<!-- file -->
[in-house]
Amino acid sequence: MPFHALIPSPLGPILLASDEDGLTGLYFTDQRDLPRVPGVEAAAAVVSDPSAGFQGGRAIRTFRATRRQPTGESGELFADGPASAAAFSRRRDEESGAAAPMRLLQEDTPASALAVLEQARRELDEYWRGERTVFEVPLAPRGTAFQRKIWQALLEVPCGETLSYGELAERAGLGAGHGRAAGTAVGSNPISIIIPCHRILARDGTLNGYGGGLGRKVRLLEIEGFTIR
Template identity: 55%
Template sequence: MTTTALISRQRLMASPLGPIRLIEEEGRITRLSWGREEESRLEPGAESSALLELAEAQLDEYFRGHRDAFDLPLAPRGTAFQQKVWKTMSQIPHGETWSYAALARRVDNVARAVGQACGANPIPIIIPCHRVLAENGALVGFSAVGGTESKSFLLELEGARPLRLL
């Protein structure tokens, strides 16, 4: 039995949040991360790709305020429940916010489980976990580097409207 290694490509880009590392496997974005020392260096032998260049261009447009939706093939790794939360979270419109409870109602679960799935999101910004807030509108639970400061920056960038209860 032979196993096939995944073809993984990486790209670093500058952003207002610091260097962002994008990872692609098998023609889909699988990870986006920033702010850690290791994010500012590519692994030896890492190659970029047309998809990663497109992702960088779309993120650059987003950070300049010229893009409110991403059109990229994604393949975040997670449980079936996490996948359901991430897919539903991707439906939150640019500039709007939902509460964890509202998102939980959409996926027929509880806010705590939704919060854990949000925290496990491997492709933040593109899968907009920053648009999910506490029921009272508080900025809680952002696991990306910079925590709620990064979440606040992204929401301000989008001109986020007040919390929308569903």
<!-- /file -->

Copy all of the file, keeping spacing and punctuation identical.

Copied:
[in-house]
Amino acid sequence: MPFHALIPSPLGPILLASDEDGLTGLYFTDQRDLPRVPGVEAAAAVVSDPSAGFQGGRAIRTFRATRRQPTGESGELFADGPASAAAFSRRRDEESGAAAPMRLLQEDTPASALAVLEQARRELDEYWRGERTVFEVPLAPRGTAFQRKIWQALLEVPCGETLSYGELAERAGLGAGHGRAAGTAVGSNPISIIIPCHRILARDGTLNGYGGGLGRKVRLLEIEGFTIR
Template identity: 55%
Template sequence: MTTTALISRQRLMASPLGPIRLIEEEGRITRLSWGREEESRLEPGAESSALLELAEAQLDEYFRGHRDAFDLPLAPRGTAFQQKVWKTMSQIPHGETWSYAALARRVDNVARAVGQACGANPIPIIIPCHRVLAENGALVGFSAVGGTESKSFLLELEGARPLRLL
């Protein structure tokens, strides 16, 4: 039995949040991360790709305020429940916010489980976990580097409207 290694490509880009590392496997974005020392260096032998260049261009447009939706093939790794939360979270419109409870109602679960799935999101910004807030509108639970400061920056960038209860 032979196993096939995944073809993984990486790209670093500058952003207002610091260097962002994008990872692609098998023609889909699988990870986006920033702010850690290791994010500012590519692994030896890492190659970029047309998809990663497109992702960088779309993120650059987003950070300049010229893009409110991403059109990229994604393949975040997670449980079936996490996948359901991430897919539903991707439906939150640019500039709007939902509460964890509202998102939980959409996926027929509880806010705590939704919060854990949000925290496990491997492709933040593109899968907009920053648009999910506490029921009272508080900025809680952002696991990306910079925590709620990064979440606040992204929401301000989008001109986020007040919390929308569903």